This page contains descriptions of several new, emerging, and proven technologies for the remediation of contaminated soil and water. Many of the technologies have been evaluated by PRIMA for the chemicals of concern (COCs) listed, though PRIMA makes no claim as to the general efficacy of any technology. An understanding of the technology, the COCs to be removed, and the site conditions are all necessary to the successful application of a technology.
Disclaimer: Many of these technologies (or variations thereof) are protected by patents and require a license to use. PRIMA assumes no legal responsibility for the improper use of these technologies under any patents.
|Technology / Reagent||Chemical of Concern|
|Organic Compounds||Inorganic Compounds|
Table is not all-inclusive. COCs may also be removed by treatments not listed here.
Treatments may not be effective under all conditions.
|normally effective toward this COC|
|–||not treated or effectiveness unknown|
|S||some compounds in this class may be treated|
|A||metals may be removed via adsorption and/or precipitation|
|*||chemical reduction may also occur|
|^||catalyst for activated persulfate or catalyzed hydrogen peroxide|
BIOLOGICAL TREATMENTS – AEROBIC
In situ application of H2O2 alone can be used to enhance aerobic biodegradation since H2O2 decomposes to oxygen gas (1L of 1% H2O2 produces approximately 3L of oxygen gas). Significant chemical oxidation is unlikely because H2O2 is a weak oxidant compared to reagent . However, in some cases, metals naturally present in water or soil could serve as catalysts, enabling CHP-type chemistry to occur.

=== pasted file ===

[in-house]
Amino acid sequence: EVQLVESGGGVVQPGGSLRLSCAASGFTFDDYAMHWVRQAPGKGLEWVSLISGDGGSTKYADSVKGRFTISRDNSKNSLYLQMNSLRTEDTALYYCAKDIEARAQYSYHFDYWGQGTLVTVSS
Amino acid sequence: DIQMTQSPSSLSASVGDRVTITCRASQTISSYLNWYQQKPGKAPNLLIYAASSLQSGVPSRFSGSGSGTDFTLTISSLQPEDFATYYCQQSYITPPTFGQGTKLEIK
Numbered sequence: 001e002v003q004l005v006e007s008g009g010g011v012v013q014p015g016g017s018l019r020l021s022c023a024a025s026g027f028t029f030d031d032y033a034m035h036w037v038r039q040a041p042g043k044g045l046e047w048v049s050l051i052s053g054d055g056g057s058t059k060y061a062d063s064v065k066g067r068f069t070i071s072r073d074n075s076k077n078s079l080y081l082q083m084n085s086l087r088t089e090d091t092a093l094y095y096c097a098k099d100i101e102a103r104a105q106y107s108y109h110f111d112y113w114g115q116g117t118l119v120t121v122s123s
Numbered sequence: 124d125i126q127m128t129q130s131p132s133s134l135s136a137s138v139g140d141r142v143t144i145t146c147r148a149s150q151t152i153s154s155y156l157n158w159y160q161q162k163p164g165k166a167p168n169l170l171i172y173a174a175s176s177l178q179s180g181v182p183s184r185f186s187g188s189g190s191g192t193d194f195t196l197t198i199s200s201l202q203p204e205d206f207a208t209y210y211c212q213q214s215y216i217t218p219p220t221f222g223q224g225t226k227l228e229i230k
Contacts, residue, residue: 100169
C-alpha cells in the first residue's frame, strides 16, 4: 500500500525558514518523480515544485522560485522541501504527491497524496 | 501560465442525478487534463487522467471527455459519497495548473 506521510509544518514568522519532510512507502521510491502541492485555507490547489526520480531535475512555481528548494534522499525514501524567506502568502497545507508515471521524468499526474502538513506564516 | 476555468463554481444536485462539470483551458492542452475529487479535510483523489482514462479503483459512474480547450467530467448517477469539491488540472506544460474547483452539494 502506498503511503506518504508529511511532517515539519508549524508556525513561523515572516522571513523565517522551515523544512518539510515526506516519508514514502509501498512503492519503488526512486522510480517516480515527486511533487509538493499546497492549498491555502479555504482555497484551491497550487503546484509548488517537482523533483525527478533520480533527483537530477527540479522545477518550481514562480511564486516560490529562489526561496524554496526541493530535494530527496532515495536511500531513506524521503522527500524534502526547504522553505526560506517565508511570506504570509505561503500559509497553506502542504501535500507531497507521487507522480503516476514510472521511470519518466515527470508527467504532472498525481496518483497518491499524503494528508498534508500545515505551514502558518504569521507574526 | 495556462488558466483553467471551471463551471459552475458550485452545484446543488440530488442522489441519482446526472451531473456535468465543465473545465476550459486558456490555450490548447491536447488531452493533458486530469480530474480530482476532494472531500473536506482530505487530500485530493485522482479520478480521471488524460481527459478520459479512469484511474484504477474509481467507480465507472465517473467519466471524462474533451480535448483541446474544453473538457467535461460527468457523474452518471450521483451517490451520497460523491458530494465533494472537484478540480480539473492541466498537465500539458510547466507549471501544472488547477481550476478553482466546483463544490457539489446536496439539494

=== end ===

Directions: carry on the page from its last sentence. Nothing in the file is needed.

Oxygen Release Compound (ORC®) and ORC® Advanced are proprietary reagents that, when hydrated, slowly decompose to generate oxygen. ORC® may be obtained from .
PermeOx® and PermeOx® Plus are proprietary reagents that, when hydrated, slowly decompose to generate oxygen. They may be purchased from the manufacturer, , or from an FMC distributor such as .
Oxygen / Air Sparging
Many COCs readily undergo aerobic biodegradation, but are oxygen-limited in the sub-surface. Oxygen may be added by sparging with air or with nearly pure oxygen, which may be generated on site via an oxygen concentrator.
BIOLOGICAL TREATMENTS – ANAEROBIC
Electron Donors (general)
Addition of an electron donor (carbon source) can stimulate biodegradation in many ways. Most commonly, an electron donor is added to provide food for microorganisms that will consume oxygen and stimulate anaerobic biodegradation. Electron donors tested by PRIMA include cheese whey (a by-product of cheese manufacturing), ethanol, lactic acid/lactate, molasses, emulsified vegetable oil (, ), and .